Format Web Pages
Subjects Articles
History and Criticism
Popular Songs of the Day
Progressive Era to New Era
Ragtime Music
Songs and Music
Title
Christensen's Ragtime Review
Subject Headings
-  Ragtime music -- History and criticism
-  Popular Songs of the Day
-  Songs and Music
-  Progressive Era to New Era (1900-1929)
-  Articles
Other Formats
http://lcweb2.loc.gov/diglib/ihas/loc.natlib.ihas.200035810/mets.xml


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Image: Christensen's Ragtime Review
Christensen's Ragtime Review: Vol. 1. No. 1 (Chicago: Axel Christensen, December 1914). Performing Arts Reading Room, Library of Congress.

The term "ragtime" took on new shades of meaning in the first decades of the 20th century. Originally defined as the "classic rag" style of African-American piano players in the 1880s and 1890s, it described a unique style in which the pianist "ragged" or syncopated the rhythms. Later, however, "ragtime" came to signify a world of popular entertainment that had been sterilized for general audiences. The "naughty" side of ragtime became connected to "jass."

Christensen's Ragtime Review, published from 1914 to 1918, demonstrated how the term "ragtime" became more inclusive. Primarily a vehicle for the many publishing and pedagogical enterprises of Axel Christensen, the Review dubbed Scott Joplin "the King of Ragtime." Christensen appropriated another noble title for himself--"the Czar of Ragtime."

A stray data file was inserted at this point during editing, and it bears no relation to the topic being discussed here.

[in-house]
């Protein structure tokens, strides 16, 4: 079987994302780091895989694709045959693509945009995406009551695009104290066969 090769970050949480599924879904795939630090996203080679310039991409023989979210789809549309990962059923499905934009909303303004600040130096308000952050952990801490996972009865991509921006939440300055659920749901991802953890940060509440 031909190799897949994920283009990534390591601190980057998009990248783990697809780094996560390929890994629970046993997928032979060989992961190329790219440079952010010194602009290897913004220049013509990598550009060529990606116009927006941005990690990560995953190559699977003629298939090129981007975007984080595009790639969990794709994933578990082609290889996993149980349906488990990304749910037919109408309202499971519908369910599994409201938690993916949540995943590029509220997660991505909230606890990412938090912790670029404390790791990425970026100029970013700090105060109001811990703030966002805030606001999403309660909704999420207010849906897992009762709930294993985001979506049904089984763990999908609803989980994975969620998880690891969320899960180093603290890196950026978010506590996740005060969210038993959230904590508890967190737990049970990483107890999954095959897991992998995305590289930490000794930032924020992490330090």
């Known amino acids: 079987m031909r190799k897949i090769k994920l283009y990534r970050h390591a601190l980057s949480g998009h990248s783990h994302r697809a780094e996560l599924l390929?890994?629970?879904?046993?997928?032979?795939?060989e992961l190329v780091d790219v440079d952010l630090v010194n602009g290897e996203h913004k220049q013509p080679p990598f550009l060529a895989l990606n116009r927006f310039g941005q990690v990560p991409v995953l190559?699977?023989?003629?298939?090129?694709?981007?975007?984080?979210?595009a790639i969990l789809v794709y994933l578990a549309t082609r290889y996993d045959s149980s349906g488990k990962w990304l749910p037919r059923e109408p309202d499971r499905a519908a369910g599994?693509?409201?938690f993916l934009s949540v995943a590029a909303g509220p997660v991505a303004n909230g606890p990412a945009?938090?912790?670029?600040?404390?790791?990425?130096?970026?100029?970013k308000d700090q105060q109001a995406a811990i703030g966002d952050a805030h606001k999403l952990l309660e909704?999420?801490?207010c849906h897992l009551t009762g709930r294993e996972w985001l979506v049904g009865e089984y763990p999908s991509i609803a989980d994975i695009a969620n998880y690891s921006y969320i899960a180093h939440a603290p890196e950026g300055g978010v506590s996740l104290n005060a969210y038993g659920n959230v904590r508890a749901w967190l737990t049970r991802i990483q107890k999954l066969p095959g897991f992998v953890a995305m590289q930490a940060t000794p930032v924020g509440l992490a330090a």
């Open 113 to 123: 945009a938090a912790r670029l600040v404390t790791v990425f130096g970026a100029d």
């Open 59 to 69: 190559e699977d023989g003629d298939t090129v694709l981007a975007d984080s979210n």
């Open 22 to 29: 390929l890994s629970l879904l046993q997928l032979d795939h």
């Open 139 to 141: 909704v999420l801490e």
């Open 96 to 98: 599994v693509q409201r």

Christensen's Ragtime Review advertised eponymous schools where one might go to learn to play ragtime. These establishments were generally pictured as prim and proper, well-lit studios peopled with decently-clad female instructors--a far cry from the smoke-filled saloons that gave ragtime its start and original reputation. Subscribers could try out pieces of music (many composed by the Christensen himself) that were included in each issue. Advertisements offered collections of compositions for amateurs as well as for working professionals who could purchase books of music that could be performed as accompaniment for motion pictures ("special piano music for Western Pictures, Lively Scenes, Mysterious, Burglar Scenes, Quarrels...") and for vaudeville theaters.

Since the Review was almost entirely a marketing venture, other musical firms paid to be included, among them John Stark & Son, the publisher of Scott Joplin's "Maple Leaf Rag." Non-musical ads ranged from notices for Rand McNally Index Pocket Maps with Auto Roads to opera singer Geraldine Farrar's endorsement for Kosmos Cream and Face Powder.

The photographs and illustrations of the "Czar" were in and of themselves telling statements. In many ads, Christensen is depicted in formal attire, seated at a grand piano. As his hands fly over the keyboard, his right foot is placed behind the stool, bracing his body as he tears through a performance. Even the tails of his tuxedo fly up from the motion of his playing. The choice of piano (a grand rather than an upright), his attire (a tux), and his appearance (in profile, he is made to look quite like illustrations of the composer/conductor Gustav Mahler) demonstrate that ragtime was perfectly appropriate music for every audience. Moreover, his wild interpretation seemed worlds away from the stately interpretations urged by Joplin in his School of Ragtime.